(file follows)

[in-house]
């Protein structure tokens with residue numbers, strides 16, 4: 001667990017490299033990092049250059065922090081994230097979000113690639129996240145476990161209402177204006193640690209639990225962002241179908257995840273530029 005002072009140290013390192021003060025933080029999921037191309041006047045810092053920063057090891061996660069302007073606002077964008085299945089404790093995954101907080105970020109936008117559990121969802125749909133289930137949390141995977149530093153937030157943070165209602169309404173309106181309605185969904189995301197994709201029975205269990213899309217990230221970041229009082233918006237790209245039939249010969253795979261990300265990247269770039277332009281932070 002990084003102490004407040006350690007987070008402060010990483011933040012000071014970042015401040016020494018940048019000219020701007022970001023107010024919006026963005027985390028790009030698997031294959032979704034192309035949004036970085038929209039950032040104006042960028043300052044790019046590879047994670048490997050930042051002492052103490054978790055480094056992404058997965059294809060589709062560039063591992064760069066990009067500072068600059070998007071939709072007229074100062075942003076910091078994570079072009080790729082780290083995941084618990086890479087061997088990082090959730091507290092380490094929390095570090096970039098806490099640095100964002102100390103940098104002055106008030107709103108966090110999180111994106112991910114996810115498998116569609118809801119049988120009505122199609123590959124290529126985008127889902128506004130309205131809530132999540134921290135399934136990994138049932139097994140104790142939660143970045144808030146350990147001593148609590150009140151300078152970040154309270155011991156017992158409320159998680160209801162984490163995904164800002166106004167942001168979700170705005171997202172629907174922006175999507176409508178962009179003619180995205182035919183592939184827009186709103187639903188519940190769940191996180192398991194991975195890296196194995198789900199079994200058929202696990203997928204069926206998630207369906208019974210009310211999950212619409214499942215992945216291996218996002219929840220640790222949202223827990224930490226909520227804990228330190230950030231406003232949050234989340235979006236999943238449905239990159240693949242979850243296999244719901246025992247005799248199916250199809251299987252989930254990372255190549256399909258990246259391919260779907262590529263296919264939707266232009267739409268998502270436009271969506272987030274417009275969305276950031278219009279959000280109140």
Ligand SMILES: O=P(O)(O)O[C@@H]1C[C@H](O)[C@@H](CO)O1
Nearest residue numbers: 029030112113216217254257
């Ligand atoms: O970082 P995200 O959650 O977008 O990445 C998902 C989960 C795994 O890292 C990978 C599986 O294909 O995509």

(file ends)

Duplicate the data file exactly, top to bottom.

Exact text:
[in-house]
């Protein structure tokens with residue numbers, strides 16, 4: 001667990017490299033990092049250059065922090081994230097979000113690639129996240145476990161209402177204006193640690209639990225962002241179908257995840273530029 005002072009140290013390192021003060025933080029999921037191309041006047045810092053920063057090891061996660069302007073606002077964008085299945089404790093995954101907080105970020109936008117559990121969802125749909133289930137949390141995977149530093153937030157943070165209602169309404173309106181309605185969904189995301197994709201029975205269990213899309217990230221970041229009082233918006237790209245039939249010969253795979261990300265990247269770039277332009281932070 002990084003102490004407040006350690007987070008402060010990483011933040012000071014970042015401040016020494018940048019000219020701007022970001023107010024919006026963005027985390028790009030698997031294959032979704034192309035949004036970085038929209039950032040104006042960028043300052044790019046590879047994670048490997050930042051002492052103490054978790055480094056992404058997965059294809060589709062560039063591992064760069066990009067500072068600059070998007071939709072007229074100062075942003076910091078994570079072009080790729082780290083995941084618990086890479087061997088990082090959730091507290092380490094929390095570090096970039098806490099640095100964002102100390103940098104002055106008030107709103108966090110999180111994106112991910114996810115498998116569609118809801119049988120009505122199609123590959124290529126985008127889902128506004130309205131809530132999540134921290135399934136990994138049932139097994140104790142939660143970045144808030146350990147001593148609590150009140151300078152970040154309270155011991156017992158409320159998680160209801162984490163995904164800002166106004167942001168979700170705005171997202172629907174922006175999507176409508178962009179003619180995205182035919183592939184827009186709103187639903188519940190769940191996180192398991194991975195890296196194995198789900199079994200058929202696990203997928204069926206998630207369906208019974210009310211999950212619409214499942215992945216291996218996002219929840220640790222949202223827990224930490226909520227804990228330190230950030231406003232949050234989340235979006236999943238449905239990159240693949242979850243296999244719901246025992247005799248199916250199809251299987252989930254990372255190549256399909258990246259391919260779907262590529263296919264939707266232009267739409268998502270436009271969506272987030274417009275969305276950031278219009279959000280109140």
Ligand SMILES: O=P(O)(O)O[C@@H]1C[C@H](O)[C@@H](CO)O1
Nearest residue numbers: 029030112113216217254257
């Ligand atoms: O970082 P995200 O959650 O977008 O990445 C998902 C989960 C795994 O890292 C990978 C599986 O294909 O995509």